Representatives for the Institute for Advanced Study presented a controversial plan to the Regional Planning Board of Princeton Thursday night to build 15 units of permanent faculty housing on the campus.
At a standing-room-only meeting attended by more than 150 people, Institute representatives presented a proposal to build eight townhouses and seven single family homes on the campus about 350 feet from the Battlefield State Park, the site of the Battle of Princeton during the American Revolution.
The Institute has planned to build additional faculty housing since the early 1970s, and Princeton Battlefield preservationists have objected to such plans for just as long.
Peter Goddard, director of the Institute, said the Institute has had a shortage of housing for permanent faculty members that has gotten worse over time.
“Until 30 years ago, as much as 60 percent of our faculty have lived on or close to the Institute campus,” Goddard said. “But over the last three decades the percentage has dropped and it is only 28 percent at present. House prices in the highly desirable Institute neighborhood are well beyond the reach of academics, even senior ones, and many houses in the area have been improved and enlarged beyond the needs and means of the faculty.”
The townhouse lots on the northeast corner of the Institute property would range in size from about 3,900 square feet to 6,600 square feet. The single family home lots sizes would range from about 16,000 feet to just over 27,000 feet. Faculty members would buy the units, but they would be sold back to the Institute if the faculty member decides to move.
J. Robert Hillier, the architect for the townhouse project, said the project would be shielded from the Battlefield Park and not ruin the view there. More than 270 trees would be planted to conceal the housing from the park.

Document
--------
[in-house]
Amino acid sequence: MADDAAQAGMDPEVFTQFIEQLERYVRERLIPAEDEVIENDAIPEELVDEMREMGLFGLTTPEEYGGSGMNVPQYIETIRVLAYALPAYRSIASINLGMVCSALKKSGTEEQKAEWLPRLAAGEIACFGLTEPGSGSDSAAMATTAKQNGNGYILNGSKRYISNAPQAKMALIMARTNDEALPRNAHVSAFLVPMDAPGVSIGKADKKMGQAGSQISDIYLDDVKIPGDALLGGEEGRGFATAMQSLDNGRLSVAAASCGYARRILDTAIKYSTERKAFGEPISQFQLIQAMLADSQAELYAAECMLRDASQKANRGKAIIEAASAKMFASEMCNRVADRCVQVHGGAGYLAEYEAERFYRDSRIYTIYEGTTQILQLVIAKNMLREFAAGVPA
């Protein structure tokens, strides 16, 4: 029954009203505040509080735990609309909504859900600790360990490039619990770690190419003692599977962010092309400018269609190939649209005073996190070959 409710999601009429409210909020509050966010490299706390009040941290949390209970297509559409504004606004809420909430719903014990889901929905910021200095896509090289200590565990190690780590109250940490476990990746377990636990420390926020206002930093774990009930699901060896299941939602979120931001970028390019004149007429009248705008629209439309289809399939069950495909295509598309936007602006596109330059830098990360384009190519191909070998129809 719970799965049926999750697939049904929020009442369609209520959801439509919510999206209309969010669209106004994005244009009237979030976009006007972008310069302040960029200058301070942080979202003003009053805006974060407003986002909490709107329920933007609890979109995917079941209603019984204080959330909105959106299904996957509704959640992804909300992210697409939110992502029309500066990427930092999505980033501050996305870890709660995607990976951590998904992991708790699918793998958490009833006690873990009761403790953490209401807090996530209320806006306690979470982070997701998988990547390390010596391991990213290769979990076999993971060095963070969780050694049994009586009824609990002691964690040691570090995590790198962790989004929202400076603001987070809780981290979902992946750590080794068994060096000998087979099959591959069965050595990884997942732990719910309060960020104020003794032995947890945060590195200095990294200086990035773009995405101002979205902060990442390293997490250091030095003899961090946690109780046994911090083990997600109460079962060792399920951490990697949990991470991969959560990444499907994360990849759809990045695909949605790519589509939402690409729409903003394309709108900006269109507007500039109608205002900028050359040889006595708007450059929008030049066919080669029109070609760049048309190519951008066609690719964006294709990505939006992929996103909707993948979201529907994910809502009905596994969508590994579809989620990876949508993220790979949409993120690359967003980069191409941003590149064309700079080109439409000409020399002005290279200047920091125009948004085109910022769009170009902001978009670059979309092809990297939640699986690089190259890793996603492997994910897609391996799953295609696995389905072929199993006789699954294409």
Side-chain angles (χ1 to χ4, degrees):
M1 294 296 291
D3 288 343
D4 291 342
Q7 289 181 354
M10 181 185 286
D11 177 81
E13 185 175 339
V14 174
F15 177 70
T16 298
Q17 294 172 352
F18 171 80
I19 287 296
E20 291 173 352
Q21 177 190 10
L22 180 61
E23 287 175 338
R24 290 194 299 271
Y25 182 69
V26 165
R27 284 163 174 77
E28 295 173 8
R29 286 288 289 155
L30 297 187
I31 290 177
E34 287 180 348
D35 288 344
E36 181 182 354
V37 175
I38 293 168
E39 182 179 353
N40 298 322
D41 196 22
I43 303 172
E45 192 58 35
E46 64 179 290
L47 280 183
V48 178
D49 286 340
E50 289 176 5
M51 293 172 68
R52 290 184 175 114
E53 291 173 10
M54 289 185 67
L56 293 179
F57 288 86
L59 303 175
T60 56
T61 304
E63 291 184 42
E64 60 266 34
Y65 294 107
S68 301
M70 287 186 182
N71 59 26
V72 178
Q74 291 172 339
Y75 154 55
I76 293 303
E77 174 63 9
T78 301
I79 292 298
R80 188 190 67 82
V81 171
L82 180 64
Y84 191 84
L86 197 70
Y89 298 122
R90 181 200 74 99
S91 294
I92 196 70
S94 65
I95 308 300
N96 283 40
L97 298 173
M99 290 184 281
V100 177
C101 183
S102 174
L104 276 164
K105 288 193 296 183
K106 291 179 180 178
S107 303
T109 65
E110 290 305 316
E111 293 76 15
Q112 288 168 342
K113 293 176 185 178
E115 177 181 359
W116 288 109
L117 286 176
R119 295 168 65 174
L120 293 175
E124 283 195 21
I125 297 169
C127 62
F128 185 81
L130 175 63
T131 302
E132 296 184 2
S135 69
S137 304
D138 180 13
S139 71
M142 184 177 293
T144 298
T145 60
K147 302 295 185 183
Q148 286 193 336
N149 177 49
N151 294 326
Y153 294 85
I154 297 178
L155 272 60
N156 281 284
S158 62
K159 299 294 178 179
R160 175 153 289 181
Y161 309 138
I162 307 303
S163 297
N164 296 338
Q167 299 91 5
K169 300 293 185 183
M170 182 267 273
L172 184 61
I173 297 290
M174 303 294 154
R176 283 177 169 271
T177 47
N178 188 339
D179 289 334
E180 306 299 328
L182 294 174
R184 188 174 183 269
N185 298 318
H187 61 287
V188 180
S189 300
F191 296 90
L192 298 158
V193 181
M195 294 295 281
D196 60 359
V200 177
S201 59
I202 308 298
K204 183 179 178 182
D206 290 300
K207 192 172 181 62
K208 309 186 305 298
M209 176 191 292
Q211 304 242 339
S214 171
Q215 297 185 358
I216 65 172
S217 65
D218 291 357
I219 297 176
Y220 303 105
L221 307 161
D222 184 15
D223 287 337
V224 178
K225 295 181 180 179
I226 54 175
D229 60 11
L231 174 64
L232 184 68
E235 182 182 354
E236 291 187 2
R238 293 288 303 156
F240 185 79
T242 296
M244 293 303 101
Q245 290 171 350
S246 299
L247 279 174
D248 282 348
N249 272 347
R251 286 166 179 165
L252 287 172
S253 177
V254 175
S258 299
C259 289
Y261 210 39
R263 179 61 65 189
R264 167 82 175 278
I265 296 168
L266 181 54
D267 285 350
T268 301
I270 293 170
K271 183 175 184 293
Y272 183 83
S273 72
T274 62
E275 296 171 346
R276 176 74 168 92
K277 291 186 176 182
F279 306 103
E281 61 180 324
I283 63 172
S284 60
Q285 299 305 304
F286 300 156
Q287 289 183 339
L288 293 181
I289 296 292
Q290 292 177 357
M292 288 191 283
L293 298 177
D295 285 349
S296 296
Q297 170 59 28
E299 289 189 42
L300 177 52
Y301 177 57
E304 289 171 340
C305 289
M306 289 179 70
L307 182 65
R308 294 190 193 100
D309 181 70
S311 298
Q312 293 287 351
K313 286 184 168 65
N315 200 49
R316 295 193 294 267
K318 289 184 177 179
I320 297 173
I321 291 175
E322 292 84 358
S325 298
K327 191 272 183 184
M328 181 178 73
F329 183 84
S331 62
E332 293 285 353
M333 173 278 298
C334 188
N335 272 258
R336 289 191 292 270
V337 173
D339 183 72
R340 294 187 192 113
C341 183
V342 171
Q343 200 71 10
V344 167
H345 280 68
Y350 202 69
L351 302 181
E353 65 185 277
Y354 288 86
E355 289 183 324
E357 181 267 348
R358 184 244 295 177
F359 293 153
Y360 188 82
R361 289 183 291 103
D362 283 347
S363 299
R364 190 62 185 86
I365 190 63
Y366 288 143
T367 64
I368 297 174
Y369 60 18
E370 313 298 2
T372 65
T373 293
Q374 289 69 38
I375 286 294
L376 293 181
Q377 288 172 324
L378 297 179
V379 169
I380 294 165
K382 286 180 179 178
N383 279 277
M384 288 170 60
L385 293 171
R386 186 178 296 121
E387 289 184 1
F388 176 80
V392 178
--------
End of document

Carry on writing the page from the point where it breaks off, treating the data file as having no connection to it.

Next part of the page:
“The intention of the entire process has been to honor the fact that the battlefield is there, and to make sure the project in no way intrudes upon the view and vision one sees when on the battlefield,” Hillier said.
An archeologist will be at the site full time when the basements are being dug, Hillier said, and will determine how to handle any artifacts that are found.
More than a dozen area residents and The Princeton Battlefield Area Preservation Society have hired Princeton lawyer Bruce Afran to represent them in the planning board proceedings.
Public comment began just before the close of the meeting, with residents and academics expressing their views on the project, including several nearby residents who said the Institute is a good neighbor and should be given the go ahead for the plans.
Institute faculty member Helmut Hofer told the board how hard it is for faculty to find convenient housing close to the campus and how important it is for faculty to interact to advance their research.
“The area is promoted by real estate agents as a preferred area,” Hofer said. “You can not afford it as a scientist unless you are independently wealthy…The campus is a tight knit community of world leading faculty. It is not a 9 to 5 job. The level if the institute is a higher level. New ideas come from interactions with peers and the activity around you. Ideas don’t care about the time of the day. It could be at lunch, in the bathtub, at a planning board meeting.”
Others said while the Institute is a gem for Princeton, the housing should be built elsewhere on campus because of the Revolutionary War battle.
“They deserve housing on the many acres they have, but not here,” said resident Paul Loane. “This is a bad idea. One thing you haven’t heard much about is the history. Looking at this project and not talking about the history is like having an aquarium with no water.”
No decision was made on the proposal Thursday night because time ran out. The public hearing will be carried over to the planning board’s meeting next Thursday night, Dec. 8, at 7:30 p.m. The planning board will hear public comment at the next meeting, and Afran will also raise objections to the plan for the Battlefield preservation group.